The Long Green Road Ahead: Your Next Commercial Vehicle

The Long Green Road Ahead: Your Next Commercial Vehicle

Jul 02, 2021

The future of diesel is a common topic of conversation, and even more so following the government’s announcement that the sale of new petrol and diesel cars and vans will be banned in the UK from 2030. The latest news will see traditional petrol and diesel cars removed from new car showrooms even earlier than originally planned.

The measures are part of a “green industrial revolution” that Boris Johnson believes will create new jobs in a low carbon economy, yet the update has left some buyers confused on which engine is the best buy for them right now.

Whether you’re searching for a car or van, here’s what you need to know:


What has the government changed and why?

The British government has pledged to become carbon neutral by 2050, to reduce greenhouse gas emissions and improve local air quality. The ban only relates to the sale of new vehicles powered by internal combustion engines (ICE), and not cars and vans that are already owned.

Petrol vehicles emit CO2, while diesel vehicles produce nitrogen oxides and particulate matter, which have been linked to an increased risk of many health conditions including respiratory illnesses, lung cancer, and heart disease.

In the short term, drivers will see an increase in emissions taxes and a focus on upgrading the UK’s charging network.


Does this affect benefit in kind on company cars/commercial vehicles?

Historically, a company car or van has been taxed based on two things: the list price and the CO2 emissions. These two figures create a ‘taxable benefit in kind’ (BIK), on which employers and employees pay tax and national insurance contributions.

To encourage ever greener transport, HM Revenue & Customs has been increasing BIK rates on petrol and diesel vehicles and introducing lower BIK rates for fuel-efficient and electric vehicles.


Which should I buy, petrol or diesel power?

Despite the announcement, most buyers will be looking for an efficient vehicle, with high fuel economy and low emissions. To decide which is best for you in terms of petrol vs diesel, there are a number of different factors to consider, including fuel prices, and the value of the car/van.

Our advice is to look at the figures and how you use your vehicle – think about how far you drive, the way you drive, and check stock availability. Which one costs less overall depends mainly on how long you plan to keep the car or van.

Petrol cars are usually cheaper to buy and petrol continues to have a smaller price tag, so you’ll pay less at the pumps for a litre of unleaded. Petrol engines are also often quieter than their diesel counterparts and although it was previously difficult to find a van that wasn’t diesel-powered, this year we’re seeing a rise in commercial vehicles with petrol and electric engines as the government increases the quantity of emission restriction zones.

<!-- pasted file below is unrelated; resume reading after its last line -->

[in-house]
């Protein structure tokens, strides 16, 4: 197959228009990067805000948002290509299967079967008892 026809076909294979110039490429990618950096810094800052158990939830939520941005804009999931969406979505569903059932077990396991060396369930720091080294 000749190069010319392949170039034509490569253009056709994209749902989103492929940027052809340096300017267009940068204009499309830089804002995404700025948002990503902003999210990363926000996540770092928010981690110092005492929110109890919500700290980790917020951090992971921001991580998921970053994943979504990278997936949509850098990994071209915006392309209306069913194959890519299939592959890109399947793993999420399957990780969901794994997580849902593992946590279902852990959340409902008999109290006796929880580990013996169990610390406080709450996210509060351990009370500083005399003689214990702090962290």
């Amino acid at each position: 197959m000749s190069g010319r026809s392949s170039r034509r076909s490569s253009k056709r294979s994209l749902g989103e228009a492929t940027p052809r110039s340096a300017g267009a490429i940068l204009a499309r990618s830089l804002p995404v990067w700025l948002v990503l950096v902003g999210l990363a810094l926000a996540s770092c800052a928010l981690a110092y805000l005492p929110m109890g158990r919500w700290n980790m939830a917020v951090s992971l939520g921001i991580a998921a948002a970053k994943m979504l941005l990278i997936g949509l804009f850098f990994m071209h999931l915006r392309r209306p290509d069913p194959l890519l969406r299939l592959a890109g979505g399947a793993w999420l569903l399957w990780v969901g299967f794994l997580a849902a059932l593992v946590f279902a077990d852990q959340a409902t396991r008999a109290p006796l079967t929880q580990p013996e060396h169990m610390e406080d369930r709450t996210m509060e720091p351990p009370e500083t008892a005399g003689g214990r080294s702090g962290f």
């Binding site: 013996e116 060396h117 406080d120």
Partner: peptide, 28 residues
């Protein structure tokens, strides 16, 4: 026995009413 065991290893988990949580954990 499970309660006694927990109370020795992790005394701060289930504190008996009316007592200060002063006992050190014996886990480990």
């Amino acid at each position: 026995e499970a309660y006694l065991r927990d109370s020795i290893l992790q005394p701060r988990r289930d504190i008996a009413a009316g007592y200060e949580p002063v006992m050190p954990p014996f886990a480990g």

On the other hand, diesel offers better fuel economy and will provide a more dynamic driving experience. However, newer diesels have a higher tax bracket than petrol cars as part of the government crackdown on air pollution.


Should I consider hybrid?

The latest tax rules for company cars show that now may be the time to convert to a hybrid or electric vehicle, with significant benefits for both employer and employee. Changes to the taxation of company cars is one way in which the Government is trying to encourage us all to be greener.

With manufacturers under increasing pressure to deliver vehicles with better efficiency and lower CO2 emissions, alongside pure electric cars/vans, hybrids and plug-in hybrids are an important part of this shift towards a more environmentally-friendly future.

There are four kinds of hybrid vehicle on the road today and in the most common design, a conventional combustion engine (usually petrol-powered) is combined with an electric motor for power and to make the vehicle move.


Will this ban affect the second hand market?

Sales of second hand and used vehicles with diesel and petrol power will be allowed after the 2030 deadline passes.

However, they may become increasingly more expensive to run as legislators try to encourage people to consider the environmental impact of their vehicle and make the switch to electric drive vehicles voluntarily.

If you’re still confused or have any unanswered questions, please feel free to get in touch for more specific information, or simply email [email protected].



If you’re a contractor with Crest Plus searching for a new commercial vehicle, check out Kudos Vehicle Management, just one of our excellent rewards partners, offering discounts and deals on everything from your first service to tyre and alloy repair. 

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